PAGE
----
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PHP error handling function trigger_error()

Description 

PHP function trigger_error() generates a user-level error or warning or notice.

The function can be used either along with the built-in error handler or with a user defined function which is set as the new error handler (set_error_handler()).

If you want to generate a specific response to an exception at runtime, using this function is useful.

Version:

PHP 4 >= 4.0.1, PHP 5.

Syntax:

trigger_error (error_msg,  error_type )

Parameter:

Parameters Description Required / Optional Type
error_msg A string which will be displayed as an error message. Required string
error_type Specifies the error type for an error message.
Values may be -
1. E_USER_ERROR.
2. E_USER_WARNING.
3. E_USER_NOTICE.
Optional integer

Return Values:

The function returns FALSE if the wrong error_type is specified. Otherwise, it returns TRUE.

Example:

 <?php
  $a = 12;
  $b = 5;
  if($a%$b == 0)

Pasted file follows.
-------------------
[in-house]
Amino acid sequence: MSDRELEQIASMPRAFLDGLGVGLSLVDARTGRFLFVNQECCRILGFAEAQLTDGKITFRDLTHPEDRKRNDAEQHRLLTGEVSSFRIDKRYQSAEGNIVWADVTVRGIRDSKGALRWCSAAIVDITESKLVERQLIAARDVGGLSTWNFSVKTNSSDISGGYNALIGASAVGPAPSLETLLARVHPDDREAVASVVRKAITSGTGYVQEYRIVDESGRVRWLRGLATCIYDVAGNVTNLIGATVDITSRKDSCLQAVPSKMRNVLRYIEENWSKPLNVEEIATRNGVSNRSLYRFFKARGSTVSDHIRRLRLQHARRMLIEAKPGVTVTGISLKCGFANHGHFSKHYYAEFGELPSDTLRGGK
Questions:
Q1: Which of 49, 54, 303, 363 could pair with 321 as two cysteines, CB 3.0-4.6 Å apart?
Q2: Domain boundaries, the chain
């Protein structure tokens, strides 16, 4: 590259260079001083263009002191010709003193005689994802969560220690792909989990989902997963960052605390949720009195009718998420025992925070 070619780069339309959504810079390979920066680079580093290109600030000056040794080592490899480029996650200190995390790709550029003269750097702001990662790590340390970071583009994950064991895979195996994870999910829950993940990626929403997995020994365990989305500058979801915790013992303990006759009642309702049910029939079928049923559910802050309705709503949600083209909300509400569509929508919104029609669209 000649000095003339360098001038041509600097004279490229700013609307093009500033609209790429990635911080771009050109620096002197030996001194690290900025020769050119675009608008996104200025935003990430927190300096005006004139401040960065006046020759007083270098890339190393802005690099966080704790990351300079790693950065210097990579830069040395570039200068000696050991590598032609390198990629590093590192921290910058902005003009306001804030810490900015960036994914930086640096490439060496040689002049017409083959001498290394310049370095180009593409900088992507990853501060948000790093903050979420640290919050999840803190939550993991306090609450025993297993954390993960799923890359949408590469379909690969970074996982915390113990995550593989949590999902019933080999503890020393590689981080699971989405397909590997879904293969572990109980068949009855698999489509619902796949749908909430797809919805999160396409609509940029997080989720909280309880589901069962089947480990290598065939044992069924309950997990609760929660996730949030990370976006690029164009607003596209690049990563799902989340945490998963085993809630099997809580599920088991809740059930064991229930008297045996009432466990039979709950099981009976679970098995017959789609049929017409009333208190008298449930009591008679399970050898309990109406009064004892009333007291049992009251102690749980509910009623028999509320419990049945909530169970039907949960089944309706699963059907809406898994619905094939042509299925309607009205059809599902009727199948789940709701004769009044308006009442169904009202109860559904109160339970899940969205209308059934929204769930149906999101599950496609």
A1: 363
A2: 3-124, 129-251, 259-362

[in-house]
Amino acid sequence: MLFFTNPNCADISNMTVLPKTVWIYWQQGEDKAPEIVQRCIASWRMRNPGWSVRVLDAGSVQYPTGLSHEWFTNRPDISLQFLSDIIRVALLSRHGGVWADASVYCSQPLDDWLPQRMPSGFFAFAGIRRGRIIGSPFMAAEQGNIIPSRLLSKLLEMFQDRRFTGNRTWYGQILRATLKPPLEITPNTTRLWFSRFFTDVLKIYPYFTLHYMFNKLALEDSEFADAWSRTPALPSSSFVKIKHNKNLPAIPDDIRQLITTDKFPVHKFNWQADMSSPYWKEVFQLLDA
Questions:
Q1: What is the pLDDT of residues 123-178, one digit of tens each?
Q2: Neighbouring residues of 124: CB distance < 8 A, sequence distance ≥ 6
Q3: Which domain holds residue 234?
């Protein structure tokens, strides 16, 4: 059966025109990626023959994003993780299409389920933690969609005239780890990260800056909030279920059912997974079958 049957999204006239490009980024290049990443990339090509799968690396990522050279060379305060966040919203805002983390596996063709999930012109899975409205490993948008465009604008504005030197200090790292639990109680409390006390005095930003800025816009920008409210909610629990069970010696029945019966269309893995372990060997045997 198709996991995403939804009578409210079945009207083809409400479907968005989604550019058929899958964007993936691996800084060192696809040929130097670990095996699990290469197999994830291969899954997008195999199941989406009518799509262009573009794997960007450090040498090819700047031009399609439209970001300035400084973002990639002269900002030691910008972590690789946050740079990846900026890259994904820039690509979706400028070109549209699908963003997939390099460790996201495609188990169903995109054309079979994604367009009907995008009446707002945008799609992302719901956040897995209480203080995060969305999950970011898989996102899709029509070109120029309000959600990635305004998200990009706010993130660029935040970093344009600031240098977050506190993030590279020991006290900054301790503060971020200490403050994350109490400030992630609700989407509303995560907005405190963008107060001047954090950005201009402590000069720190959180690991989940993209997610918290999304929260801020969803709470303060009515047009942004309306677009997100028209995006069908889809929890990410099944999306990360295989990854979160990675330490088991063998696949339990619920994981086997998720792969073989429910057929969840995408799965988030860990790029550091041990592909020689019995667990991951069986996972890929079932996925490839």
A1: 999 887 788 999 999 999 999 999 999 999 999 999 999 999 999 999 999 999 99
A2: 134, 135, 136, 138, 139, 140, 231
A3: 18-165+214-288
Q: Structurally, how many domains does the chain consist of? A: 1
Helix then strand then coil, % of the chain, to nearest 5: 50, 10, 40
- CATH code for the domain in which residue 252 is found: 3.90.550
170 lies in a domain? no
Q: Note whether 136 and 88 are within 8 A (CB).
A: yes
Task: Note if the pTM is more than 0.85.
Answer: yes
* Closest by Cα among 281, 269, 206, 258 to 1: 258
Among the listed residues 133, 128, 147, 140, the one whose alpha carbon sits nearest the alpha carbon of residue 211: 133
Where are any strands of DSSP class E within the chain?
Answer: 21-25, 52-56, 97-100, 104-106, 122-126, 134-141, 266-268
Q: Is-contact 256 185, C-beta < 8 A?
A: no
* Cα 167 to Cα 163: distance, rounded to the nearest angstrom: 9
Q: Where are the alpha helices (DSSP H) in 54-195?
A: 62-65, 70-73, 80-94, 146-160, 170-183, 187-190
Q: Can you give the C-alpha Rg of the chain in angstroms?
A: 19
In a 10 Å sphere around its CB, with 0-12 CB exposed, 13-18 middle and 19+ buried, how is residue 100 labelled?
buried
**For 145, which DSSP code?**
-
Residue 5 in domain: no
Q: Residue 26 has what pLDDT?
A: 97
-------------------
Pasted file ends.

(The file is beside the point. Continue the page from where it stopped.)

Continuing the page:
trigger_error("This is an error",E_USER_NOTICE );
  ?>
 

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PHP: Tips of the Day

PHP: How to convert string to boolean?

Strings always evaluate to boolean true unless they have a value that's considered "empty" by PHP (taken from the documentation for empty):

  1. "" (an empty string);
  2. "0" (0 as a string)

If you need to set a boolean based on the text value of a string, then you'll need to check for the presence or otherwise of that value.

$test_mode_mail = $string === 'true'? true: false;

EDIT: the above code is intended for clarity of understanding. In actual use the following code may be more appropriate:

$test_mode_mail = ($string === 'true');

or maybe use of the filter_var function may cover more boolean values:

filter_var($string, FILTER_VALIDATE_BOOLEAN);

filter_var covers a whole range of values, including the truthy values "true", "1", "yes" and "on".

Ref : https://bit.ly/33SQ3eP